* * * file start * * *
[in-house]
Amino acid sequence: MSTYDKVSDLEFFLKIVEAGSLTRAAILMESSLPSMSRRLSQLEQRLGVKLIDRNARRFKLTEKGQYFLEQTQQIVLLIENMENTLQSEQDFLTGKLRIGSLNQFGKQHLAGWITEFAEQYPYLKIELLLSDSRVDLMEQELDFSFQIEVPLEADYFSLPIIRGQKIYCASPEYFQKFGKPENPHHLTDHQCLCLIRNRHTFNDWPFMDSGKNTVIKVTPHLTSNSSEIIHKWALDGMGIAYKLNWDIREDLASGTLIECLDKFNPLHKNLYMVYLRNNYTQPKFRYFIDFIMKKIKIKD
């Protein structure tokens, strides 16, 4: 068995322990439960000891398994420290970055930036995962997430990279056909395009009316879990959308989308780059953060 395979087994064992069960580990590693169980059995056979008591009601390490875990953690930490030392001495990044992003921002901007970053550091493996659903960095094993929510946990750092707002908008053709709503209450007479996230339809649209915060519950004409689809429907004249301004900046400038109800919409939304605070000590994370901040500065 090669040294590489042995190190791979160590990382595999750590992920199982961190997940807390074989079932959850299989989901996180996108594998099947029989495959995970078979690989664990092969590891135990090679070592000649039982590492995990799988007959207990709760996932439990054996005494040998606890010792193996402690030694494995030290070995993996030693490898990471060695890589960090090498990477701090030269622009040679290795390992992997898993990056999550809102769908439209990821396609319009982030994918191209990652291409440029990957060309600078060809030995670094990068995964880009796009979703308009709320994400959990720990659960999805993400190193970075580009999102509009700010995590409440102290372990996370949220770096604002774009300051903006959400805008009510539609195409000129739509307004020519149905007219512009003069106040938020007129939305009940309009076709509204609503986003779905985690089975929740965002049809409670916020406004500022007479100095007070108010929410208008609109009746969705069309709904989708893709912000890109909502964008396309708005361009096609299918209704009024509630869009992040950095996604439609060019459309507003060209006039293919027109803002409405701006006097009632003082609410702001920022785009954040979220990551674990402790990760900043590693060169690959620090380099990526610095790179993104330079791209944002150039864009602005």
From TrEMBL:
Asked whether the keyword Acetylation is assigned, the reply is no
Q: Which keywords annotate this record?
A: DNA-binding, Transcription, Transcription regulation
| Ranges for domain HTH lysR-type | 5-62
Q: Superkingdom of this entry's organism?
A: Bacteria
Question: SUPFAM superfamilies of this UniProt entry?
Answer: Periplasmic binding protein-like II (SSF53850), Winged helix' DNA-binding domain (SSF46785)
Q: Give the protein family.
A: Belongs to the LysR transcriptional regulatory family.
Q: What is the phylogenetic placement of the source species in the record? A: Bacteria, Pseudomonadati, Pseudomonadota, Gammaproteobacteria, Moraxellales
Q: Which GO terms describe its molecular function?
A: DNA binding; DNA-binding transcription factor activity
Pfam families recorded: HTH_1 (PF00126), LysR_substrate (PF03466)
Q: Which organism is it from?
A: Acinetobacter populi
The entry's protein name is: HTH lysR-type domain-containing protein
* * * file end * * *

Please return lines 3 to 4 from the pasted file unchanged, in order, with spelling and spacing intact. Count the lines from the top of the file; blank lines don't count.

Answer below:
């Protein structure tokens, strides 16, 4: 068995322990439960000891398994420290970055930036995962997430990279056909395009009316879990959308989308780059953060 395979087994064992069960580990590693169980059995056979008591009601390490875990953690930490030392001495990044992003921002901007970053550091493996659903960095094993929510946990750092707002908008053709709503209450007479996230339809649209915060519950004409689809429907004249301004900046400038109800919409939304605070000590994370901040500065 090669040294590489042995190190791979160590990382595999750590992920199982961190997940807390074989079932959850299989989901996180996108594998099947029989495959995970078979690989664990092969590891135990090679070592000649039982590492995990799988007959207990709760996932439990054996005494040998606890010792193996402690030694494995030290070995993996030693490898990471060695890589960090090498990477701090030269622009040679290795390992992997898993990056999550809102769908439209990821396609319009982030994918191209990652291409440029990957060309600078060809030995670094990068995964880009796009979703308009709320994400959990720990659960999805993400190193970075580009999102509009700010995590409440102290372990996370949220770096604002774009300051903006959400805008009510539609195409000129739509307004020519149905007219512009003069106040938020007129939305009940309009076709509204609503986003779905985690089975929740965002049809409670916020406004500022007479100095007070108010929410208008609109009746969705069309709904989708893709912000890109909502964008396309708005361009096609299918209704009024509630869009992040950095996604439609060019459309507003060209006039293919027109803002409405701006006097009632003082609410702001920022785009954040979220990551674990402790990760900043590693060169690959620090380099990526610095790179993104330079791209944002150039864009602005």
From TrEMBL: